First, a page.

Q: I need to sell my house quickly I am a widower and have no children do I need to put the house in a trust.
My wife died four years ago and the house is still held in both our names, no trust.
A: I can think of no reason to put your house in a trust if you are planning on selling it soon anyway. You might need a trust for other reasons, but facilitating a sale to occur soon is not one of them. You do, however, need to consult a probate attorney about updating the title to your house so that it is in your name alone. If you do not do that, then you will find it difficult to sell because the title company will require your wife's signature, which would be impossible for you to obtain. Get this done before you put it on the market lest you end up creating liability for yourself when you show up at the closing unable to perform as agreed.
While you may not need to place your house in a revocable trust before you sell it, I would caution you that you likely should place the proceeds of the sale in a trust. As well, particularly as a widower with no children, it's extremely important that you have a health care directive and other documents in place.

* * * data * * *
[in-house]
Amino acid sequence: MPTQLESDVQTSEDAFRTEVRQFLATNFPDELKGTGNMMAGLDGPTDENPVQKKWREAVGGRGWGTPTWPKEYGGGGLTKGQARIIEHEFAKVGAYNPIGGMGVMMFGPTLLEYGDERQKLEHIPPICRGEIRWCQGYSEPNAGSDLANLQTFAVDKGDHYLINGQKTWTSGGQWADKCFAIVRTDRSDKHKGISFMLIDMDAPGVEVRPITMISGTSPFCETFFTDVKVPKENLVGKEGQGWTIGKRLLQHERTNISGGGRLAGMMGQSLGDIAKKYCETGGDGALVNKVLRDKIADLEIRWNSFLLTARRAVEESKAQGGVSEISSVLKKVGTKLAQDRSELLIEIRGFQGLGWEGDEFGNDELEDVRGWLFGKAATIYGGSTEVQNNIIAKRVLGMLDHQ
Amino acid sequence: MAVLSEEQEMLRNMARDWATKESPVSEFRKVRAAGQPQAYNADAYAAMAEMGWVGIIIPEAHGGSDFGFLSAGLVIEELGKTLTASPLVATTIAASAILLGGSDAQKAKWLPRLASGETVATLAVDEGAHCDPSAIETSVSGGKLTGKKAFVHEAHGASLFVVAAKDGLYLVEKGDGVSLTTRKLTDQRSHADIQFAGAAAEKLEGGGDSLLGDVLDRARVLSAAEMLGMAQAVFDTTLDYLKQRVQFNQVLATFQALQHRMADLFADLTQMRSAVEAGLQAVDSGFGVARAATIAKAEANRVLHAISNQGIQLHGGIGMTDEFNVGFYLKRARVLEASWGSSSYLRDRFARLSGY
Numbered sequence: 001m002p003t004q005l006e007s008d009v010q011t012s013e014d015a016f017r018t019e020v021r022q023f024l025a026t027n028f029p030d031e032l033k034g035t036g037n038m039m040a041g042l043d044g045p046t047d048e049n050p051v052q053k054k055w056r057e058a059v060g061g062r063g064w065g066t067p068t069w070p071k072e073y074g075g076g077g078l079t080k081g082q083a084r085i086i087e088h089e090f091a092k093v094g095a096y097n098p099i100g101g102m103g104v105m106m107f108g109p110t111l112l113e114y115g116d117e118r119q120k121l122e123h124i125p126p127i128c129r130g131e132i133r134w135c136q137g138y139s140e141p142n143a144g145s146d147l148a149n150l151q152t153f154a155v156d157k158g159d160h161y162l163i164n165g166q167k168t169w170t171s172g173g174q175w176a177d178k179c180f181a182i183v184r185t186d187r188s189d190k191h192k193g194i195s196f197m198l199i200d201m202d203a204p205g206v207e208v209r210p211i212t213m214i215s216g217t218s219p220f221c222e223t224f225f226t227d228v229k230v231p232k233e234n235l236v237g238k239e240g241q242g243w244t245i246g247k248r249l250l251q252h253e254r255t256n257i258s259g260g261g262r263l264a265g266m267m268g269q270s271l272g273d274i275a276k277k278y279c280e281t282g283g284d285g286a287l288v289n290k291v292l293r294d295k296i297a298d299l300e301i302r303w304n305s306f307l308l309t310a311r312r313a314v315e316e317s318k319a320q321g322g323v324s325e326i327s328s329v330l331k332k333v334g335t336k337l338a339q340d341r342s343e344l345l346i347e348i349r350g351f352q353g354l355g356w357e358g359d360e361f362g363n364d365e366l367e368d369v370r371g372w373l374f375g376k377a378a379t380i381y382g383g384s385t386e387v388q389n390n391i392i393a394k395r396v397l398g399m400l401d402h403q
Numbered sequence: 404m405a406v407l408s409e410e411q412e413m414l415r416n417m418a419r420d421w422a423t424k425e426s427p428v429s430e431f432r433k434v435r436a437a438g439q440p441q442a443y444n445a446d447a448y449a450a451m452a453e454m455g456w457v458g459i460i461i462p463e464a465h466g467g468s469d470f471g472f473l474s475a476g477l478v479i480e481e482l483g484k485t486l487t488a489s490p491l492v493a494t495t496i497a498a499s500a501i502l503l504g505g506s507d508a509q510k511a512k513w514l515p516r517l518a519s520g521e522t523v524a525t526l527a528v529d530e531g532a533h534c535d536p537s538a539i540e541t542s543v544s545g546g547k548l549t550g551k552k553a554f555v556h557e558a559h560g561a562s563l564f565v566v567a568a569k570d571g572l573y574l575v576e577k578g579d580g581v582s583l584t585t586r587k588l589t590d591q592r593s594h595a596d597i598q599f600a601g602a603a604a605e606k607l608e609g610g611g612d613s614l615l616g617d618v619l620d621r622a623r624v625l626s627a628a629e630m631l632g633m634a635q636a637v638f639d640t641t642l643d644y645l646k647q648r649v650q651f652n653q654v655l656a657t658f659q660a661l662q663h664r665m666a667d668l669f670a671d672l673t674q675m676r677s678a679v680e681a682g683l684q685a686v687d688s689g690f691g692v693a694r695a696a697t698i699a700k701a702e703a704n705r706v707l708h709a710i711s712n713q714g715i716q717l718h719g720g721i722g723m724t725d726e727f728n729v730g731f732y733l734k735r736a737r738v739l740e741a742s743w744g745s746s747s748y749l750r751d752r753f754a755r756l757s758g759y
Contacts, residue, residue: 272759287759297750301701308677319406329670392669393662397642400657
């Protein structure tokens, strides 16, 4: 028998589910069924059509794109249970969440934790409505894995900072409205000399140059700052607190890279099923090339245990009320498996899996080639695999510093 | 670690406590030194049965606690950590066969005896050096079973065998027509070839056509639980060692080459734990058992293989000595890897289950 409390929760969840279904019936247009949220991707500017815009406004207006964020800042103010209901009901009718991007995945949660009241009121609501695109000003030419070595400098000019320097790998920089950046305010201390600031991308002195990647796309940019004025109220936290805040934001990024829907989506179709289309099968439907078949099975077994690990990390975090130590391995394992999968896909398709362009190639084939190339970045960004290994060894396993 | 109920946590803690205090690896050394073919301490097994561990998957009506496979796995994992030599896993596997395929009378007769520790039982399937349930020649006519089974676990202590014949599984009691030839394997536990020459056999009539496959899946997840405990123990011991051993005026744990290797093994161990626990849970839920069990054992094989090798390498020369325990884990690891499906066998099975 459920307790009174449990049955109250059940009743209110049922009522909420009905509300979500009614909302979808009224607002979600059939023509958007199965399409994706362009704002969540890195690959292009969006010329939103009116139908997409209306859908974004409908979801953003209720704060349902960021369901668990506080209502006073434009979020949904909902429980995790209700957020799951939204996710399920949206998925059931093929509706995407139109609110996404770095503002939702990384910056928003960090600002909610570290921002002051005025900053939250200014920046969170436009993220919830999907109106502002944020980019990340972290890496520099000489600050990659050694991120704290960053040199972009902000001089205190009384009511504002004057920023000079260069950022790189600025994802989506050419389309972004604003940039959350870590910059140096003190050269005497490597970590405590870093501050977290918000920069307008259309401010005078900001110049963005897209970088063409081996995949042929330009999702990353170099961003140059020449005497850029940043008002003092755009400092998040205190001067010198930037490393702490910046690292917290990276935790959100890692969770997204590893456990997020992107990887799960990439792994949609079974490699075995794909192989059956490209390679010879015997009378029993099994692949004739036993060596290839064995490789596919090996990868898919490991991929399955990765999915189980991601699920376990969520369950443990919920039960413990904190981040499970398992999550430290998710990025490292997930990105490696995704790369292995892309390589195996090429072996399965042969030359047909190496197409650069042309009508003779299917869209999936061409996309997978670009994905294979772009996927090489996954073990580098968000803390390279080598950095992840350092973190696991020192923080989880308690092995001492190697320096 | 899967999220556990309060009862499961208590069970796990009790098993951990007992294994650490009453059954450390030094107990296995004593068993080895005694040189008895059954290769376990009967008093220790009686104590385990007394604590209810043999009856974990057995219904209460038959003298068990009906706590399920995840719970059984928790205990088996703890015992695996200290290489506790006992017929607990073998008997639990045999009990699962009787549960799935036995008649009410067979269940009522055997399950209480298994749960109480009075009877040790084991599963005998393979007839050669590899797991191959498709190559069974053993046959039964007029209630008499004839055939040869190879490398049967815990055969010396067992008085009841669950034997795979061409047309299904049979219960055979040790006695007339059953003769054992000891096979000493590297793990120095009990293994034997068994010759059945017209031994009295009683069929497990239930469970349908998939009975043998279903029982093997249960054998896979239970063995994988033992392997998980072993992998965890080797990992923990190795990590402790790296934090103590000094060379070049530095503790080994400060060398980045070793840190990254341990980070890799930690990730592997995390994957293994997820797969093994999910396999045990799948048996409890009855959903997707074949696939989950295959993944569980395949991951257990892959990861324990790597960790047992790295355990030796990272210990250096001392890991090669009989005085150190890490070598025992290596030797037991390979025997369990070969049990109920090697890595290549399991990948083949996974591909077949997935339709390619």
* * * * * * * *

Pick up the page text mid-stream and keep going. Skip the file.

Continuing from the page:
I recommend that you speak to an elder law attorney about the questions you raise as well as many others. If you have health issues that could at some point in the future require long-term skilled nursing, you need to be aware that a house is an exempt asset when qualifying for long-term Medi-Cal benefits. Once you sell the house, you convert that house into a countable asset that would disqualify you. Depending on many factors, you may want to consider transferring a partial interest in the home to an irrevocable trust that would not later be countable if you need Medi-Cal benefits. You would have to do this, however, before you sell your home.
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